Primary Care Physician Preferences Regarding Spiritual Behavior in Medical Practice | Clinical Pharmacy and Pharmacology | JAMA Internal Medicine | JAMA Network
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Original Investigation
December 8/22, 2003

Primary Care Physician Preferences Regarding Spiritual Behavior in Medical Practice

Author Affiliations

From the Department of Internal Medicine, Carolinas Medical Center, Charlotte (Drs Monroe and Susi), Wake Medical Center, Raleigh (Dr Bynum), Moses Cone Hospital, Greensboro (Drs Phifer and Cykert), Brody School of Medicine at East Carolina University, Greenville (Dr Franco), and The University of North Carolina at Chapel Hill School of Medicine (Dr Garrett), NC; Emory University School of Medicine, Atlanta, Ga (Dr Schultz); and University of Vermont College of Medicine, Burlington (Dr MacLean). The authors have no relevant financial interest in this article.

Arch Intern Med. 2003;163(22):2751-2756. doi:10.1001/archinte.163.22.2751
Abstract

Background  Knowledge of physician attitudes and preferences regarding religion and spirituality in the medical encounter is limited by the nonspecific questions asked in previous studies and by the omission of specialties other than family practice. This study was designed to determine the willingness of internists and family physicians to be involved with varying degrees of spiritual behaviors in varied clinical settings.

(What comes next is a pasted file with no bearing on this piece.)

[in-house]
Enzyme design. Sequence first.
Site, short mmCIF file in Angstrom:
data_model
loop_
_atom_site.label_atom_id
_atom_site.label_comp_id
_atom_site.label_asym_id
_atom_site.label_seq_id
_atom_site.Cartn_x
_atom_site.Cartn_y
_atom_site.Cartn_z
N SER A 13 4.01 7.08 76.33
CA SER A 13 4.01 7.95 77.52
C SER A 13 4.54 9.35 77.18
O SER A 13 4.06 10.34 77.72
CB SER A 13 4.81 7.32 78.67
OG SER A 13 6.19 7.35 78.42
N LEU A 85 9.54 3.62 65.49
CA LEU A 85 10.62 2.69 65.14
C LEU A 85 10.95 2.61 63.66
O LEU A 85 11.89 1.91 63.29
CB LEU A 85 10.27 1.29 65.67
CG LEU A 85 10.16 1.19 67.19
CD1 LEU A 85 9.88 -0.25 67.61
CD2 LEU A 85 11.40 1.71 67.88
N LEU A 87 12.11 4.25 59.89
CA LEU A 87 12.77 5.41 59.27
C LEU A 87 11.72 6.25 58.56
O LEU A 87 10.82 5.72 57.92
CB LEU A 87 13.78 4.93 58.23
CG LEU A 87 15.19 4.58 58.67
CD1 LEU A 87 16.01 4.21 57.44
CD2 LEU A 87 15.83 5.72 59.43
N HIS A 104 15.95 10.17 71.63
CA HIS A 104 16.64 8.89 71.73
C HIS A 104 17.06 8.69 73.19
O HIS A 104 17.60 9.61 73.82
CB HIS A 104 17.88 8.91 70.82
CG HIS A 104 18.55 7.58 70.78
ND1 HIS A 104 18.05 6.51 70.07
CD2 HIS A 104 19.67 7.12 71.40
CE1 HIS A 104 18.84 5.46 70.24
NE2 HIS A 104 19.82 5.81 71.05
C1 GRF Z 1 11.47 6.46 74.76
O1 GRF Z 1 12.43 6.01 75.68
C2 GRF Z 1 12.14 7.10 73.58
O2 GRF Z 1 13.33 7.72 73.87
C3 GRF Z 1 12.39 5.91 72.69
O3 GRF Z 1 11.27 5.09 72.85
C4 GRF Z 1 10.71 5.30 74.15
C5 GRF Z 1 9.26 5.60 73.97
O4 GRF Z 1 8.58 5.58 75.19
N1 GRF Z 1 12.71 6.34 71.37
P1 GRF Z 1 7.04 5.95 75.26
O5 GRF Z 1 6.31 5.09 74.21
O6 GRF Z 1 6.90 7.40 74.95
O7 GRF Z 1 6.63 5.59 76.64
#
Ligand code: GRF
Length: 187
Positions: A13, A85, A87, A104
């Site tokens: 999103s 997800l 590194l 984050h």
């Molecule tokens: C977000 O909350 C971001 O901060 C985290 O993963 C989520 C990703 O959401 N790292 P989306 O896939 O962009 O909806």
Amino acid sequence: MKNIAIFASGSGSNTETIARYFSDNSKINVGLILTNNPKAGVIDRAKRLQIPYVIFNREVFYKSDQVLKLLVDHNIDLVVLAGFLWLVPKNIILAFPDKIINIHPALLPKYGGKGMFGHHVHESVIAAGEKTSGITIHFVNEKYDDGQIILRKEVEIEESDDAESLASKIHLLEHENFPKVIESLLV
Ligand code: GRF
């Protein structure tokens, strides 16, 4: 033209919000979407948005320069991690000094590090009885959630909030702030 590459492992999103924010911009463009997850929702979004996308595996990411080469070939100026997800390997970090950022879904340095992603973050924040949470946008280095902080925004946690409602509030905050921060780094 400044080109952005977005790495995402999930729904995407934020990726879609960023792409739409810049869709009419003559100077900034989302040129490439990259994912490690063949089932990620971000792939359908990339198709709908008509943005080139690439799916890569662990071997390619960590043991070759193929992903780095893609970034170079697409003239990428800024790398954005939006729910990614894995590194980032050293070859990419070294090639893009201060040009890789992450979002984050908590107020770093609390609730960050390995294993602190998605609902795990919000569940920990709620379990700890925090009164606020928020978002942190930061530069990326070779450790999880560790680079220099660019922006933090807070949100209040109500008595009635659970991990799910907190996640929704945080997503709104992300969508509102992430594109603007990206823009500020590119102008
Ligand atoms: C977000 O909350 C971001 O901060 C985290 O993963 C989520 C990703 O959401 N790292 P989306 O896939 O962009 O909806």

Methods  The study was a multicenter, cross-sectional, nonrandomized design recruiting physicians from 6 teaching hospitals with sites in North Carolina, Vermont, and Florida. A self-administered survey was used to explore physicians' willingness to address religion and spirituality in the medical encounter. Data were gathered on the physicians' religiosity and spirituality and sociodemographic characteristics.

Results  Four hundred seventy-six physicians responded, for a response rate of 62.0%. While 84.5% of physicians thought they should be aware of patients' spirituality, most would not ask about spiritual issues unless a patient were dying. Fewer than one third of physicians would pray with patients even if they were dying. This number increased to 77.1% if a patient requested physician prayer. Family practitioners were more likely to take a spiritual history than general internists.

Conclusions  Most primary care physicians surveyed would not initiate any involvement with patients' spirituality in the medical encounter except for the clinical setting of dying. If a patient requests involvement, however, most physicians express a willingness to comply, even if the request involves prayer.

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